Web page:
3. large nutrient vessels enter the anterior ileum - use bone wax

25

position for posterior approach to the SI joint

prone

26

incision for posterior approach to the SI joint

3 cm distal and lateral to PSIS following the curve of the iliac crest to its highest point

A image thumb
27

plane for posterior approach to the SI joint

none

28

superficial dissection for posterior approach to the SI joint

-detach and reflect glut max

29

deep dissection for posterior approach to the SI joint

-detach and reflect glut med -may have to detach piriformis to reduce SI dislocation -check reduction with finger through greater sciatic notch

A image thumb
30

danger (4) for posterior approach to the SI joint

1. IGN is in the deep surface of glut max

2. SNG in is the deep surface of glut med

3. sacral nerve roots may be injured by inaccurate screws

4. IGA/SGA run with their respective nerves

31

position for inguinal approach to the acetabulum

supine, catheter in, GT at edge of table

32

incision for inguinal approach to the acetabulum

curved starting 5 cm above ASIS, ending midline 1 cm above the pubic symphysis

A image thumb
33

plane for inguinal approach to the acetabulum

none

34

superficial dissection for inguinal approach to the acetabulum

-subcutaneous sacrifice of LFCN near ASIS -divide external oblique from ASIS to superficial inguinal ring -isolate spermatic cord/round ligament -divide anterior rectus sheath -strip iliacus from inner iliac wing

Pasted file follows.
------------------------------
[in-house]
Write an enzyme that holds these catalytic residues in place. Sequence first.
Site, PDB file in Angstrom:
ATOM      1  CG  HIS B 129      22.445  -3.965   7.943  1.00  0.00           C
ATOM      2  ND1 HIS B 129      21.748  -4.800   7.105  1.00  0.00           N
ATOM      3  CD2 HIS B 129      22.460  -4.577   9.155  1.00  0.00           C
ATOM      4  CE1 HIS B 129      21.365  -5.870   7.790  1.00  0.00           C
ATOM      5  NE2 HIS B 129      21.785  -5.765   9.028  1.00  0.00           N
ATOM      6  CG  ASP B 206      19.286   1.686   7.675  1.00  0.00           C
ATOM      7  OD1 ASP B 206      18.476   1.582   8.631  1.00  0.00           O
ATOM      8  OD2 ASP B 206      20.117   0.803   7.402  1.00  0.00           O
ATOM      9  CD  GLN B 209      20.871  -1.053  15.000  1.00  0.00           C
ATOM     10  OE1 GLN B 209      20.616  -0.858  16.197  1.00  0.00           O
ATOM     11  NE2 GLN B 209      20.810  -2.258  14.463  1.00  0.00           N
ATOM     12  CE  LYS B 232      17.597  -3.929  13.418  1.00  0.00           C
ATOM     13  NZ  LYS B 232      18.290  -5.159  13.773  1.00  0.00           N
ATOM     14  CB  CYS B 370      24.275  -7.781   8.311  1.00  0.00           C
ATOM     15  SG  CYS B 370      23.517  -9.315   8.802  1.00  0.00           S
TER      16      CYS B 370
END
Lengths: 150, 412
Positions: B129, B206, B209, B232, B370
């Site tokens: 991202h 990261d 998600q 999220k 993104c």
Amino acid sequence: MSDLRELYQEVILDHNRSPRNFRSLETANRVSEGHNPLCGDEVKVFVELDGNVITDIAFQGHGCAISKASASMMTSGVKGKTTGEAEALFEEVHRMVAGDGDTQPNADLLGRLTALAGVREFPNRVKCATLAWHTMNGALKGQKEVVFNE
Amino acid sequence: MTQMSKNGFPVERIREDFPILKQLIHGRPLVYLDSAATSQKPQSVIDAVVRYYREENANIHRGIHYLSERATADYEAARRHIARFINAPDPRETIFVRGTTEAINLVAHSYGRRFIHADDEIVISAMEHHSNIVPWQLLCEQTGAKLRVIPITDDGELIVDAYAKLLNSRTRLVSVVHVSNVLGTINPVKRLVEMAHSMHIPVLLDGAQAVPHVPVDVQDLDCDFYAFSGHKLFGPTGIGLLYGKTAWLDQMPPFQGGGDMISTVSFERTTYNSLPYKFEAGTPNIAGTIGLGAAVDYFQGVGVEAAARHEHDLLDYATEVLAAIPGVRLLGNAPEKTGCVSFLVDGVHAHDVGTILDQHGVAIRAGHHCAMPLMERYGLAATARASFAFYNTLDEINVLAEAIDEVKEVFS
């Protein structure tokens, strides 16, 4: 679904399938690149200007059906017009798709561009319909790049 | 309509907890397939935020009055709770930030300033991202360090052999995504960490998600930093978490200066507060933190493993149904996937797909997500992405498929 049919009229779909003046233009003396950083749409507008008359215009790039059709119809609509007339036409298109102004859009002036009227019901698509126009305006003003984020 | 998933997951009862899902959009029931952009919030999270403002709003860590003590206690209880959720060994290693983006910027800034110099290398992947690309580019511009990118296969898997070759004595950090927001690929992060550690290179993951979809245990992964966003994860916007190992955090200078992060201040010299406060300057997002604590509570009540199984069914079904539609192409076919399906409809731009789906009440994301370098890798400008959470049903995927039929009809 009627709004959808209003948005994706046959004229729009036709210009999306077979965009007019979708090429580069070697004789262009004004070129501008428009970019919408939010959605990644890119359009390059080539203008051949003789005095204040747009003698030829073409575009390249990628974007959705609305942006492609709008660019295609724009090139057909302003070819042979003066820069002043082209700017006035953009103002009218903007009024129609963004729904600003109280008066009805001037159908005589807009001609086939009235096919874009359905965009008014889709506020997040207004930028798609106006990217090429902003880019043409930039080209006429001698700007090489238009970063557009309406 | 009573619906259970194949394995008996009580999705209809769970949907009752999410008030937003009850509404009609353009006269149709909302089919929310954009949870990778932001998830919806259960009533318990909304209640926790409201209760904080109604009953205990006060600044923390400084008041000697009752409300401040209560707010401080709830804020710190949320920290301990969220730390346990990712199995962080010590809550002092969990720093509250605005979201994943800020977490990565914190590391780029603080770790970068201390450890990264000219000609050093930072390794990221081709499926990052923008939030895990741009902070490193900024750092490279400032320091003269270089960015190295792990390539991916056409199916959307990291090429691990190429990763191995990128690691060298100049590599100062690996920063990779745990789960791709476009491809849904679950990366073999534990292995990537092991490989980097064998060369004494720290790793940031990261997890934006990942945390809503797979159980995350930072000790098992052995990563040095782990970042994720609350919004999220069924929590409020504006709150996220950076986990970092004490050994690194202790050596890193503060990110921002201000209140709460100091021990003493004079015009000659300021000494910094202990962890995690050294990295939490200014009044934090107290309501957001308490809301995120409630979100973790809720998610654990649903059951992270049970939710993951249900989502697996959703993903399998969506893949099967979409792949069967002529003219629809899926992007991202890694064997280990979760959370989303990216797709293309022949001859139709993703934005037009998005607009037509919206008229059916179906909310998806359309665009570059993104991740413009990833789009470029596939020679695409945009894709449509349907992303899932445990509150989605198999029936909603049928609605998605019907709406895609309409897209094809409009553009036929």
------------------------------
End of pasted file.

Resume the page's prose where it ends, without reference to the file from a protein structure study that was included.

35

deep dissection for inguinal approach to the acetabulum

-divide rectus abdominus 1 cm rostral to insertion -develop plane in space of Retzius -cut through the tendon of internal oblique and transverse abdominus on the posterior wall of the inguinal ligament -ligate inferior epigastric artery and vein -finish dividing I.O. and T.A. along the course of the incision -retract peritoneum to visualize 3 windows: i) iliac wing to psoas tendon/FN ii) psoas tendon/FN to external iliac vessels iii) external iliac vessels to symphysis

A image thumb
36

danger (7) for inguinal approach to the acetabulum

1. FN on iliopsoas

2. LFCN 2 cm distal to ASIS (usually divided)

3. femoral/external iliac vessels

4. inferior epigastric A/V need to be ligated

5. spermatic cord

6. bladder

. corona mortis on lateral superior rami

37

position for posterior approach to the acetabulum

lateral (unless a transverse #, then prone)

38

incision for posterior approach to the acetabulum

centred on GT from just below the iliac crest to 10 cm past the GT

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39

plane for posterior approach to the acetabulum

none - glut max is split

40

superficial dissection for posterior approach to the acetabulum

-incise fascia lata to anterior border of glut max -retract to reveal piriformis and SERs -partially detach glut max from femur

A image thumb
41

deep dissection for posterior approach to the acetabulum